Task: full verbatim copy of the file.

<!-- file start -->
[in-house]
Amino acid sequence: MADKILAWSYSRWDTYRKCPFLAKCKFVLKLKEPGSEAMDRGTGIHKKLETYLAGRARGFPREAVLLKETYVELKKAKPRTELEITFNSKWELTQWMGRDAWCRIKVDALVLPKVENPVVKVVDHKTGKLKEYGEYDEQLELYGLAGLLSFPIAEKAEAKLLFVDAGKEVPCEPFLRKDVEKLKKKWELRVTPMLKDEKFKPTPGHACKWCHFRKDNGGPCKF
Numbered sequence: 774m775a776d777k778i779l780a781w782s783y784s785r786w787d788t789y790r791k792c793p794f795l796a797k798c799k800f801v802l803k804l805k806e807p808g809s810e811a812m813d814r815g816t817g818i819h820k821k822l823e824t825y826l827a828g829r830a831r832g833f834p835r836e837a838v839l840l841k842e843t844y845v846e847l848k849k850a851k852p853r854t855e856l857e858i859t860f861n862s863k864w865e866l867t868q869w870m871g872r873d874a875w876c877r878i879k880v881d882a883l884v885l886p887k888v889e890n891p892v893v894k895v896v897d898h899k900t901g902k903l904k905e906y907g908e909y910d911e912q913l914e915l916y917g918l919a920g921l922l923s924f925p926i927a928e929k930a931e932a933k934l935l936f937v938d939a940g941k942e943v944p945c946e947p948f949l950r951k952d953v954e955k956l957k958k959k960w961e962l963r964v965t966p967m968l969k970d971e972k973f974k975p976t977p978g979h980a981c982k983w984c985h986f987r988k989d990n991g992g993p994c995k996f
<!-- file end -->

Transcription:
[in-house]
Amino acid sequence: MADKILAWSYSRWDTYRKCPFLAKCKFVLKLKEPGSEAMDRGTGIHKKLETYLAGRARGFPREAVLLKETYVELKKAKPRTELEITFNSKWELTQWMGRDAWCRIKVDALVLPKVENPVVKVVDHKTGKLKEYGEYDEQLELYGLAGLLSFPIAEKAEAKLLFVDAGKEVPCEPFLRKDVEKLKKKWELRVTPMLKDEKFKPTPGHACKWCHFRKDNGGPCKF
Numbered sequence: 774m775a776d777k778i779l780a781w782s783y784s785r786w787d788t789y790r791k792c793p794f795l796a797k798c799k800f801v802l803k804l805k806e807p808g809s810e811a812m813d814r815g816t817g818i819h820k821k822l823e824t825y826l827a828g829r830a831r832g833f834p835r836e837a838v839l840l841k842e843t844y845v846e847l848k849k850a851k852p853r854t855e856l857e858i859t860f861n862s863k864w865e866l867t868q869w870m871g872r873d874a875w876c877r878i879k880v881d882a883l884v885l886p887k888v889e890n891p892v893v894k895v896v897d898h899k900t901g902k903l904k905e906y907g908e909y910d911e912q913l914e915l916y917g918l919a920g921l922l923s924f925p926i927a928e929k930a931e932a933k934l935l936f937v938d939a940g941k942e943v944p945c946e947p948f949l950r951k952d953v954e955k956l957k958k959k960w961e962l963r964v965t966p967m968l969k970d971e972k973f974k975p976t977p978g979h980a981c982k983w984c985h986f987r988k989d990n991g992g993p994c995k996f